Reilly Opelka rips ATP leadership, describes ATP as 'total boys club'


Reilly Opelka rips ATP leadership, describes ATP as 'total boys club'

American tennis star Reilly Opelka is one of the most outspoken pros in terms of calling the double standards and conflicts of interests in tennis. In an interview with, Opelka described the ATP as a "total boys club." "I would explain that the ATP is a boys' club.

Just look at the board members. It's a total boys club. What is Danny Valverdu's experience in terms of being a tournament director? None, zero. And when a new week pops up on the calendar at an ATP sanctioned event, a Player Council member, Danny Valverdu, gets to be the tournament director [at the 2021 San Diego Open]," Opelka told

"He has no experience being a tournament director, none. Why does he get it? It's because it's a boys club. And I think that needs to change, the culture of that needs to change. "I would get someone less involved in tennis, you know? Because when you get someone that's close to tennis, then he's used to this, to the ATP being a mess.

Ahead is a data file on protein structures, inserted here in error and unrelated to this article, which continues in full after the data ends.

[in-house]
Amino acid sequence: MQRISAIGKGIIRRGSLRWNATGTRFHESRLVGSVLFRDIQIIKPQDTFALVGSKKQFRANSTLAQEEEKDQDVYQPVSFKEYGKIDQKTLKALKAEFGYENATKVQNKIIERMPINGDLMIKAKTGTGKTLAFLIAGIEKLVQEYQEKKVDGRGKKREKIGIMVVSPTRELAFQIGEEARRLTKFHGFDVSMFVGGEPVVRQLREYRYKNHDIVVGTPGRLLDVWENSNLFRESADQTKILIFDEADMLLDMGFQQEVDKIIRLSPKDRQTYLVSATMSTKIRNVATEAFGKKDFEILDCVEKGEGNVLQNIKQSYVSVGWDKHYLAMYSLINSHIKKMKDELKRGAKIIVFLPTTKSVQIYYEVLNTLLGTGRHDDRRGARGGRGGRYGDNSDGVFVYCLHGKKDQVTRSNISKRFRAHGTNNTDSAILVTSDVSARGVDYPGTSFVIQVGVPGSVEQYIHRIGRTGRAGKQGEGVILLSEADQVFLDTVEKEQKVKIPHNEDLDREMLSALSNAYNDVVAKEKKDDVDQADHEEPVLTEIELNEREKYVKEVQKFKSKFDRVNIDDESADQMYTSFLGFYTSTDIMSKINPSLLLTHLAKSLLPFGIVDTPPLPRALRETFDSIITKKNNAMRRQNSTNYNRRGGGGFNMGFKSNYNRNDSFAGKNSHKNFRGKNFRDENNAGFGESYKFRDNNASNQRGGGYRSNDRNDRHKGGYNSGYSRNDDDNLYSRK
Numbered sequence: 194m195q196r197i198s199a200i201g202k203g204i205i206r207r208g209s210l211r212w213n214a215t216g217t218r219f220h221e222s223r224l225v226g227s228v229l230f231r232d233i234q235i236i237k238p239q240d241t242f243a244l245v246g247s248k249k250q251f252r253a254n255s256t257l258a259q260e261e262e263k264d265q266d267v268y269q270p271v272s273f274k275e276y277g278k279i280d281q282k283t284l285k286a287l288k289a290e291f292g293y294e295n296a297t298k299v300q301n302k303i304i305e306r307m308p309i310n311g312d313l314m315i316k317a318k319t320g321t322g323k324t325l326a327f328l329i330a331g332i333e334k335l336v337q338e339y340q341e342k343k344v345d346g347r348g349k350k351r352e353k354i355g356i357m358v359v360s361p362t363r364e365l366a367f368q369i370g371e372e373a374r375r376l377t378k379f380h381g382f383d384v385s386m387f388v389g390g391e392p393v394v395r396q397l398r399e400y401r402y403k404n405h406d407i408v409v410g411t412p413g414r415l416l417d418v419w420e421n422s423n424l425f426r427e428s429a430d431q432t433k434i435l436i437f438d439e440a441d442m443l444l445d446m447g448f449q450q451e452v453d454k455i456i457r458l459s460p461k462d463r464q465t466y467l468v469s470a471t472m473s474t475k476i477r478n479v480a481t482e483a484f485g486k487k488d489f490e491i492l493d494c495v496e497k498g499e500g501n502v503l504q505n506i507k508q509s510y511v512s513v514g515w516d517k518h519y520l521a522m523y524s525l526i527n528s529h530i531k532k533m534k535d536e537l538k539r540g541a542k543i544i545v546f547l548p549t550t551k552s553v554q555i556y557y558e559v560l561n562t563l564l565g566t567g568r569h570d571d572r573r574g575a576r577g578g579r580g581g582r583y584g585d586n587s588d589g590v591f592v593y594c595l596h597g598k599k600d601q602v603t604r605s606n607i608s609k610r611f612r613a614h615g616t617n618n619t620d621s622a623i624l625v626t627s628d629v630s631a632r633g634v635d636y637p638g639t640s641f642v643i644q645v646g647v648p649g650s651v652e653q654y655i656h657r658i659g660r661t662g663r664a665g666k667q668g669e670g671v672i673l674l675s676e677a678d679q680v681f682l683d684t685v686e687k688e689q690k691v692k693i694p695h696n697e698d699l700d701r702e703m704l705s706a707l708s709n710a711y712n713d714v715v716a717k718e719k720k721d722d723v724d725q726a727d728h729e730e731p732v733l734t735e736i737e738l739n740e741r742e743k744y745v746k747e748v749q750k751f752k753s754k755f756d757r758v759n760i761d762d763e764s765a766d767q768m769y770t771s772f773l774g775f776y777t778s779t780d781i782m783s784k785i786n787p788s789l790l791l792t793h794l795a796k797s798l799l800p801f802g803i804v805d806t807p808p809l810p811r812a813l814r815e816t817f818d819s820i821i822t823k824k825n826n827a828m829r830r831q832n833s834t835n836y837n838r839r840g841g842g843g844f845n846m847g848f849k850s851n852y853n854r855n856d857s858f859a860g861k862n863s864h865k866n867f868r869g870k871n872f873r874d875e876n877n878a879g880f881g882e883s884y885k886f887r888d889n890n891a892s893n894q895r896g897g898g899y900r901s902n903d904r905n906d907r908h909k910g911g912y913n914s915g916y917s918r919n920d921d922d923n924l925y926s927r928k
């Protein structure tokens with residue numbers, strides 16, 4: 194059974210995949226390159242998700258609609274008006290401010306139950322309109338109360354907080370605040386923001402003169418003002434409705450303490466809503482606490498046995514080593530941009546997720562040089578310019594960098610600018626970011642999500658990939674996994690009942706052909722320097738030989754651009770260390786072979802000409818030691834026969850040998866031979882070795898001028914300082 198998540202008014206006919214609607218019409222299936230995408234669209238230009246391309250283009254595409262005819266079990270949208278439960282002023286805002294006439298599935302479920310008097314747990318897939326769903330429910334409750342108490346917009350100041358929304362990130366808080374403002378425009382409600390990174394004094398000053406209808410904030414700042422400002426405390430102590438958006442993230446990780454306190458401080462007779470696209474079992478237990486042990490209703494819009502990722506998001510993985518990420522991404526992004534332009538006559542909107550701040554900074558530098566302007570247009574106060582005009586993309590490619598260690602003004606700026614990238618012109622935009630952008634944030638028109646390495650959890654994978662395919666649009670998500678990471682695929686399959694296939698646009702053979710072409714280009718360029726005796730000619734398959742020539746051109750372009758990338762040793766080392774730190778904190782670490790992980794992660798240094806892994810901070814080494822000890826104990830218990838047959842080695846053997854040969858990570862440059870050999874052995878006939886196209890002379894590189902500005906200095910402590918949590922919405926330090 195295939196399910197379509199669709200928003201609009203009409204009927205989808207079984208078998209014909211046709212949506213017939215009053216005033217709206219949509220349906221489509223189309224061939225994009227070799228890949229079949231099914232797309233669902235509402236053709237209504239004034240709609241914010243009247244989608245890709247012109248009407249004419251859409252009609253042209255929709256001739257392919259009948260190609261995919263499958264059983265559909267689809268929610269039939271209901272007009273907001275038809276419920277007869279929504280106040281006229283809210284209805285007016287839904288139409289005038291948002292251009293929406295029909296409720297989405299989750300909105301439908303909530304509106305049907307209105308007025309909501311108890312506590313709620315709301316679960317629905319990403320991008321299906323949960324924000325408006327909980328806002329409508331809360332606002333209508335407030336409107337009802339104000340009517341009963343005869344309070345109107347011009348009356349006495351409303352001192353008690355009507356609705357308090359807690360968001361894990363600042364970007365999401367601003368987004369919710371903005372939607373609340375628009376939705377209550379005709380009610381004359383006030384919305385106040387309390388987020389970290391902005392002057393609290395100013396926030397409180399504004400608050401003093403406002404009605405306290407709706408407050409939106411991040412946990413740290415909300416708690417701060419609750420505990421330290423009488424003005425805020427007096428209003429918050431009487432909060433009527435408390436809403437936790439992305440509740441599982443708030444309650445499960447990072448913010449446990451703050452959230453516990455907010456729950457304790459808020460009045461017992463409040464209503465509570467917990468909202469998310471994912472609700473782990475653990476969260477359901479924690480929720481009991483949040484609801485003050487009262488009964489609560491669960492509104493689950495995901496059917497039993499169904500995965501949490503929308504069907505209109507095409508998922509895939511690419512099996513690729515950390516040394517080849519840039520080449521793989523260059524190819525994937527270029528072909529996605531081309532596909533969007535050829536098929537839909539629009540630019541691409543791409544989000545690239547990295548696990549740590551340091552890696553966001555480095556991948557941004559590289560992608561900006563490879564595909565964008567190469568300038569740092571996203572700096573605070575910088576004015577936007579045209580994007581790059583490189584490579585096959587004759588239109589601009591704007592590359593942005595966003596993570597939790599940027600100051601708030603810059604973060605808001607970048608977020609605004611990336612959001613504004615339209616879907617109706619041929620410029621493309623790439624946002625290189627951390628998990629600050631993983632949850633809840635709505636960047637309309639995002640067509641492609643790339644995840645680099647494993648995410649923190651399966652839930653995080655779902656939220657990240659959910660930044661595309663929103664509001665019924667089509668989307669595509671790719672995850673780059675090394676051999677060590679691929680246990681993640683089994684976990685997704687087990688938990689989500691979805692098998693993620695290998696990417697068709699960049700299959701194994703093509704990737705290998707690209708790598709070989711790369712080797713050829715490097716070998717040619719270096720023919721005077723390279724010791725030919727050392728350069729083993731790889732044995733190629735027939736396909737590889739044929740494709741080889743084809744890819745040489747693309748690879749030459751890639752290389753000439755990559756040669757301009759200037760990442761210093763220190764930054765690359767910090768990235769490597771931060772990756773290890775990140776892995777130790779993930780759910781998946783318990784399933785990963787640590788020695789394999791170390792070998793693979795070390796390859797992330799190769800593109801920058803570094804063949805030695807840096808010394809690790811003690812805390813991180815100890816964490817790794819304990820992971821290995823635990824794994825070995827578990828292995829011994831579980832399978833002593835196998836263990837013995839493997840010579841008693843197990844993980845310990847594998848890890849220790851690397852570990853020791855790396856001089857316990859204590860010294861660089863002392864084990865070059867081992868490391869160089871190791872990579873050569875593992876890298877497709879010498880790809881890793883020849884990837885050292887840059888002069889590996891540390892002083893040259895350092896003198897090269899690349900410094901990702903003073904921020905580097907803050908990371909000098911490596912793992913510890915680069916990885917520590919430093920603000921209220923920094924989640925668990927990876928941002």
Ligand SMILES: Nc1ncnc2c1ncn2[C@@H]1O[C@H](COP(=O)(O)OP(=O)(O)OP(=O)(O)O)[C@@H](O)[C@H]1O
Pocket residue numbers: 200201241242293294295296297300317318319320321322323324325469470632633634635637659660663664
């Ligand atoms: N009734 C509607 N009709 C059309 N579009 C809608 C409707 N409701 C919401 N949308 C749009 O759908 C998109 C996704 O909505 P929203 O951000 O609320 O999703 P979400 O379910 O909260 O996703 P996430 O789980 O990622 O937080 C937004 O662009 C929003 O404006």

It's been a circus for as long as it's been around. Every major global sport is doing great besides tennis, and I think it's just the leadership."

Opelka has called for ATP chairman to resign

Opelka thinks the game needs a new leadership as he has called for ATP chairman Andrea Gaudenzi to resign.

Also, Opelka thinks ATP CEO Massimo Calvelli should step down from his position. "I think Andrea Gaudenzi needs to step down from his position. I think we need new leadership. I mean, I don't mean it in a bad way. It's not a personal dig at them.

I think they're nice guys. Massimo [Calvelli] is a nice guy. But I don't quite get it. Why are we going for guys that were in tennis? No offense to Massimo but you don't go from being a Nike rep and being in charge of sending packages or getting the right clay court shoes to Rublev, to being a CEO of one of the biggest global sports.

This just doesn't happen in any other sport. And I'm not just ripping Massimo, I said the same about Chris Kermode—he was a teaching pro. The guy was a teaching pro at the Queen's Club in England. How do you go from being a teaching pro to being a CEO of one of the biggest global sports in the world, at a time where you have the three greatest players of all time playing?"

Reilly Opelka